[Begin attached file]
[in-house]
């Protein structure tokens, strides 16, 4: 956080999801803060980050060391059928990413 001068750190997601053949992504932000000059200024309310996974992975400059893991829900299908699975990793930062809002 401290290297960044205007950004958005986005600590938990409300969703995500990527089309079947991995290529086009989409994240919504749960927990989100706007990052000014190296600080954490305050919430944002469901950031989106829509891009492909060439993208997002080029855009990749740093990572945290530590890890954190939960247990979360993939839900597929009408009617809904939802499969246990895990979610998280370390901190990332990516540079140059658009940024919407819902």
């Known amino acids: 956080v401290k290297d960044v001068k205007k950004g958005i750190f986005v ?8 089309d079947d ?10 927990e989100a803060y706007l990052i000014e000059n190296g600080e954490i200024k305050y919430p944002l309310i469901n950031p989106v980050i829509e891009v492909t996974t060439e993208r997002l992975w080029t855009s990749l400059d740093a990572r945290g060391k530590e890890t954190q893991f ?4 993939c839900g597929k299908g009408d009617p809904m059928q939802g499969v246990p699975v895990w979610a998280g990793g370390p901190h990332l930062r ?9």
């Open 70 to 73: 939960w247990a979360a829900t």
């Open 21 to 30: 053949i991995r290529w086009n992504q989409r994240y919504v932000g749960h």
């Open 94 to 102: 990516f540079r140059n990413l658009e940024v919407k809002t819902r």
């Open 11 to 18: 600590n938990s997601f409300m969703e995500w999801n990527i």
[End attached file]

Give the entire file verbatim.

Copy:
[in-house]
């Protein structure tokens, strides 16, 4: 956080999801803060980050060391059928990413 001068750190997601053949992504932000000059200024309310996974992975400059893991829900299908699975990793930062809002 401290290297960044205007950004958005986005600590938990409300969703995500990527089309079947991995290529086009989409994240919504749960927990989100706007990052000014190296600080954490305050919430944002469901950031989106829509891009492909060439993208997002080029855009990749740093990572945290530590890890954190939960247990979360993939839900597929009408009617809904939802499969246990895990979610998280370390901190990332990516540079140059658009940024919407819902």
């Known amino acids: 956080v401290k290297d960044v001068k205007k950004g958005i750190f986005v ?8 089309d079947d ?10 927990e989100a803060y706007l990052i000014e000059n190296g600080e954490i200024k305050y919430p944002l309310i469901n950031p989106v980050i829509e891009v492909t996974t060439e993208r997002l992975w080029t855009s990749l400059d740093a990572r945290g060391k530590e890890t954190q893991f ?4 993939c839900g597929k299908g009408d009617p809904m059928q939802g499969v246990p699975v895990w979610a998280g990793g370390p901190h990332l930062r ?9």
């Open 70 to 73: 939960w247990a979360a829900t």
């Open 21 to 30: 053949i991995r290529w086009n992504q989409r994240y919504v932000g749960h």
């Open 94 to 102: 990516f540079r140059n990413l658009e940024v919407k809002t819902r």
């Open 11 to 18: 600590n938990s997601f409300m969703e995500w999801n990527i």